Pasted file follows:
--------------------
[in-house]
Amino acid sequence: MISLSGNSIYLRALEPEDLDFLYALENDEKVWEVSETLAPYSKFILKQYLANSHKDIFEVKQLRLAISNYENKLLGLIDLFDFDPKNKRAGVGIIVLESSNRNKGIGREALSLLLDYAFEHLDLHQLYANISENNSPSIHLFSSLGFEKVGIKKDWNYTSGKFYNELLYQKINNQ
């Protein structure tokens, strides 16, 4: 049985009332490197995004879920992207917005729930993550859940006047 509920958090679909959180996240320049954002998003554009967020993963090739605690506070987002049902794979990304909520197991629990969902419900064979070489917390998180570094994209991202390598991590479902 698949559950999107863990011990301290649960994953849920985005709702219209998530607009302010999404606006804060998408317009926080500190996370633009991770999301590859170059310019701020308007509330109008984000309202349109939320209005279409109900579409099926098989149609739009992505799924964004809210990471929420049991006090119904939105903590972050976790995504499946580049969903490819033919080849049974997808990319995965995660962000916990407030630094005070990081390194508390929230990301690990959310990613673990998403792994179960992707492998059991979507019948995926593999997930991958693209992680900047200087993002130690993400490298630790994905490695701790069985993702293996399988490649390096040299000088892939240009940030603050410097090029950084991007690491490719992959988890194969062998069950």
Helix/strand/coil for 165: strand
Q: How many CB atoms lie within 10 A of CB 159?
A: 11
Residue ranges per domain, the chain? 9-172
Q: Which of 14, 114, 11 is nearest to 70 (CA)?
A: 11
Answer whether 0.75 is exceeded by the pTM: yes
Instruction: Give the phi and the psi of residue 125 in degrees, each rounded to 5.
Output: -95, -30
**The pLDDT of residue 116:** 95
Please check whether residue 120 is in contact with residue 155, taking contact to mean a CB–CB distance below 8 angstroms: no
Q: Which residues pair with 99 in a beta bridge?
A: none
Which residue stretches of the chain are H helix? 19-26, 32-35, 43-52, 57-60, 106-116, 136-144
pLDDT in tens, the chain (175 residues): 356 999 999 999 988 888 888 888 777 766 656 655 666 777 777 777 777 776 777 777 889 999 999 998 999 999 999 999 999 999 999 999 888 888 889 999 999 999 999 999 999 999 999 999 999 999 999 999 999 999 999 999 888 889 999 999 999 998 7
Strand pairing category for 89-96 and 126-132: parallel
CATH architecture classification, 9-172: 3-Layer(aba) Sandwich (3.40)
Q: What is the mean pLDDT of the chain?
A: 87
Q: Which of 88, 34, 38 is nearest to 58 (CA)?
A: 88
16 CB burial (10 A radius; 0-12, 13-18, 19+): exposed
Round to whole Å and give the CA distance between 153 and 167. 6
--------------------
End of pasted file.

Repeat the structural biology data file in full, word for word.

[in-house]
Amino acid sequence: MISLSGNSIYLRALEPEDLDFLYALENDEKVWEVSETLAPYSKFILKQYLANSHKDIFEVKQLRLAISNYENKLLGLIDLFDFDPKNKRAGVGIIVLESSNRNKGIGREALSLLLDYAFEHLDLHQLYANISENNSPSIHLFSSLGFEKVGIKKDWNYTSGKFYNELLYQKINNQ
């Protein structure tokens, strides 16, 4: 049985009332490197995004879920992207917005729930993550859940006047 509920958090679909959180996240320049954002998003554009967020993963090739605690506070987002049902794979990304909520197991629990969902419900064979070489917390998180570094994209991202390598991590479902 698949559950999107863990011990301290649960994953849920985005709702219209998530607009302010999404606006804060998408317009926080500190996370633009991770999301590859170059310019701020308007509330109008984000309202349109939320209005279409109900579409099926098989149609739009992505799924964004809210990471929420049991006090119904939105903590972050976790995504499946580049969903490819033919080849049974997808990319995965995660962000916990407030630094005070990081390194508390929230990301690990959310990613673990998403792994179960992707492998059991979507019948995926593999997930991958693209992680900047200087993002130690993400490298630790994905490695701790069985993702293996399988490649390096040299000088892939240009940030603050410097090029950084991007690491490719992959988890194969062998069950």
Helix/strand/coil for 165: strand
Q: How many CB atoms lie within 10 A of CB 159?
A: 11
Residue ranges per domain, the chain? 9-172
Q: Which of 14, 114, 11 is nearest to 70 (CA)?
A: 11
Answer whether 0.75 is exceeded by the pTM: yes
Instruction: Give the phi and the psi of residue 125 in degrees, each rounded to 5.
Output: -95, -30
**The pLDDT of residue 116:** 95
Please check whether residue 120 is in contact with residue 155, taking contact to mean a CB–CB distance below 8 angstroms: no
Q: Which residues pair with 99 in a beta bridge?
A: none
Which residue stretches of the chain are H helix? 19-26, 32-35, 43-52, 57-60, 106-116, 136-144
pLDDT in tens, the chain (175 residues): 356 999 999 999 988 888 888 888 777 766 656 655 666 777 777 777 777 776 777 777 889 999 999 998 999 999 999 999 999 999 999 999 888 888 889 999 999 999 999 999 999 999 999 999 999 999 999 999 999 999 999 999 888 889 999 999 999 998 7
Strand pairing category for 89-96 and 126-132: parallel
CATH architecture classification, 9-172: 3-Layer(aba) Sandwich (3.40)
Q: What is the mean pLDDT of the chain?
A: 87
Q: Which of 88, 34, 38 is nearest to 58 (CA)?
A: 88
16 CB burial (10 A radius; 0-12, 13-18, 19+): exposed
Round to whole Å and give the CA distance between 153 and 167. 6